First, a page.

Having said that, I do agree that it’s not very client friendly to force you to upgrade to a paid service when you’ve only exceeded the limit once and when they can see what your regular use of the service is. A one-off payment just for one month would have been a better option.
I have a free fax number myself, but have never used it to send faxes. The only faxes I ever receive are from family members abroad (in a 2nd world country), that do not always have the opportunity to scan and email documents – about once every two years. I’ve never used the service for work-related matters; I just refuse any job that has no electronic source files…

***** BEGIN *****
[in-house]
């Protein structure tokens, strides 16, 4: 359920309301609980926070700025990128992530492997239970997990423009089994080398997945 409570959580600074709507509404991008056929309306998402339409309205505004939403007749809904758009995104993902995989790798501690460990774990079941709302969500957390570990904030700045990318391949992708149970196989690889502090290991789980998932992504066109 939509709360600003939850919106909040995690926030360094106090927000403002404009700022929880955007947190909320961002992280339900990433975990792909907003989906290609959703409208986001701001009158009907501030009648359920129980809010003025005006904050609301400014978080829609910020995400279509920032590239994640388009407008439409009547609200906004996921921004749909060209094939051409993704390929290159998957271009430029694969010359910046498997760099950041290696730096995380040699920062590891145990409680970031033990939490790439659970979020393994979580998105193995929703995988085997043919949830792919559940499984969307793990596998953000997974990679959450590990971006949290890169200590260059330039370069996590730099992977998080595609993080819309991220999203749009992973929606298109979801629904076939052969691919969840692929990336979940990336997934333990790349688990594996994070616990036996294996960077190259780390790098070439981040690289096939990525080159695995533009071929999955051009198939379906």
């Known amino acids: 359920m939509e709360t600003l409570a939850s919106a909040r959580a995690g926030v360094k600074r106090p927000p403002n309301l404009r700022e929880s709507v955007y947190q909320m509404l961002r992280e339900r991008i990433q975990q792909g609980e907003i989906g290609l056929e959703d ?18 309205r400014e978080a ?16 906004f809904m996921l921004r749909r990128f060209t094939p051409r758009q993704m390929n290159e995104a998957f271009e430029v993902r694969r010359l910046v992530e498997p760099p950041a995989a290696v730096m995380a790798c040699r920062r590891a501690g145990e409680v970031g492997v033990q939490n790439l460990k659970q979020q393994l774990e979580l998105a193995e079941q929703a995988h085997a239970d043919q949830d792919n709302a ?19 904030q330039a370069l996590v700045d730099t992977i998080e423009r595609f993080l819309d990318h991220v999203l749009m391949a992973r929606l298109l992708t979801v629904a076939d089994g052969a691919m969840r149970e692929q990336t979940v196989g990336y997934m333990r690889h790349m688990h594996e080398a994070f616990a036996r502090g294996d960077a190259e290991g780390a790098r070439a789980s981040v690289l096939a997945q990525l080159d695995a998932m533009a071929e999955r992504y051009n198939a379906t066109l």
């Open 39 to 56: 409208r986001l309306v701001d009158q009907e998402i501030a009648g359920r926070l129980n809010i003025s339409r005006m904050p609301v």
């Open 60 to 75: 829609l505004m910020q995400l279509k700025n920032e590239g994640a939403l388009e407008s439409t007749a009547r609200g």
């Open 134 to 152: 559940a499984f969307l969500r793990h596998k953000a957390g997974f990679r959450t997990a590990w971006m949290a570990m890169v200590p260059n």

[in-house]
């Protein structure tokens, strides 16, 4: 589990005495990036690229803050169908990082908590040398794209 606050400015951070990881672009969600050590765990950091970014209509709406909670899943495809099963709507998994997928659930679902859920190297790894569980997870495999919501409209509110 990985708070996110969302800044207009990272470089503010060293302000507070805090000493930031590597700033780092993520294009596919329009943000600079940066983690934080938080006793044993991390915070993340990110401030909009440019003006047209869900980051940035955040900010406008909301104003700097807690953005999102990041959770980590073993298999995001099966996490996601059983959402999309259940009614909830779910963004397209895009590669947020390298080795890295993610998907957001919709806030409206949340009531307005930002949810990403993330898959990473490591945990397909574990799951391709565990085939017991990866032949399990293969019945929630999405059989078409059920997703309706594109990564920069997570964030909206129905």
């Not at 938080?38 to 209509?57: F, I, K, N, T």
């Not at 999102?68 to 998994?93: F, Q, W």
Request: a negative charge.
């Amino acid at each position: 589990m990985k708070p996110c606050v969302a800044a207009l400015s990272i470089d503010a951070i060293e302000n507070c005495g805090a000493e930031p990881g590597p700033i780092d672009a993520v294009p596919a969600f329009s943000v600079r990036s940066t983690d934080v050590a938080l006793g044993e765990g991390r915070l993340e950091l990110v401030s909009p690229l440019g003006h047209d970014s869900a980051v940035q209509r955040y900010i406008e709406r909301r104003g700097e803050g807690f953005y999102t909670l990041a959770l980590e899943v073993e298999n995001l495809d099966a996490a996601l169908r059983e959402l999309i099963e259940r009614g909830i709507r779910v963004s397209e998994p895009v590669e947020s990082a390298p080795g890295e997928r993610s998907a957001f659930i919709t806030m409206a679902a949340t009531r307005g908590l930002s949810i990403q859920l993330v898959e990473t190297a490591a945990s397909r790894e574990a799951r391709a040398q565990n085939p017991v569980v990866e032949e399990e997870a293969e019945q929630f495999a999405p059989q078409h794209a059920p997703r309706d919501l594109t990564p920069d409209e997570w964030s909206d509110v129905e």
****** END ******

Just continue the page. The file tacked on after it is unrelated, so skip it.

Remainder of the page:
jillsommer - November 4, 2009

You are right of course; however, I have never once sent a fax to the wrong number. When I was working as a secretary in grad school I always double- and triple-checked that the number was correct. I guess I forgot to mention that the 49 pages were an extensive sales quote with lots of confidential proprietary information. That was not something that should have been sent to the wrong number. I was also nice enough to fax them back to let them know they had sent it to the wrong number (I have a fax machine in the office for sending faxes, but prefer receiving faxes electronically through eFax). I could have chosen to ignore it altogether.

4. Ryan Ginstrom - November 4, 2009

Welcome to the club. I got rid of my fax to email service at the beginning of this year.